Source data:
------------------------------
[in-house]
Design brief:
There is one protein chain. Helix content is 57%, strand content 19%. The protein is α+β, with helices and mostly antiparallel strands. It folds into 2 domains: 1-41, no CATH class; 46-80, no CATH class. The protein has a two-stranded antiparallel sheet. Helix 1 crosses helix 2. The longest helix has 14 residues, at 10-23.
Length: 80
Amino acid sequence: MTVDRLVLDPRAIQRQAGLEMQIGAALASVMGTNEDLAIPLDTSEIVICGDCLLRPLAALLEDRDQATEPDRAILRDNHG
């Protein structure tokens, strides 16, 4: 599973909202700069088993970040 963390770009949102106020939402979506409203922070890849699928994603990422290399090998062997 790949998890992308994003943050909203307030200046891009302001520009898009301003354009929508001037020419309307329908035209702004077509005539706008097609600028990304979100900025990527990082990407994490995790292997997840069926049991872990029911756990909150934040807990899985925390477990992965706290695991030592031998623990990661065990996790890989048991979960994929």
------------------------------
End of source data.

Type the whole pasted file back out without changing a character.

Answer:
[in-house]
Design brief:
There is one protein chain. Helix content is 57%, strand content 19%. The protein is α+β, with helices and mostly antiparallel strands. It folds into 2 domains: 1-41, no CATH class; 46-80, no CATH class. The protein has a two-stranded antiparallel sheet. Helix 1 crosses helix 2. The longest helix has 14 residues, at 10-23.
Length: 80
Amino acid sequence: MTVDRLVLDPRAIQRQAGLEMQIGAALASVMGTNEDLAIPLDTSEIVICGDCLLRPLAALLEDRDQATEPDRAILRDNHG
């Protein structure tokens, strides 16, 4: 599973909202700069088993970040 963390770009949102106020939402979506409203922070890849699928994603990422290399090998062997 790949998890992308994003943050909203307030200046891009302001520009898009301003354009929508001037020419309307329908035209702004077509005539706008097609600028990304979100900025990527990082990407994490995790292997997840069926049991872990029911756990909150934040807990899985925390477990992965706290695991030592031998623990990661065990996790890989048991979960994929």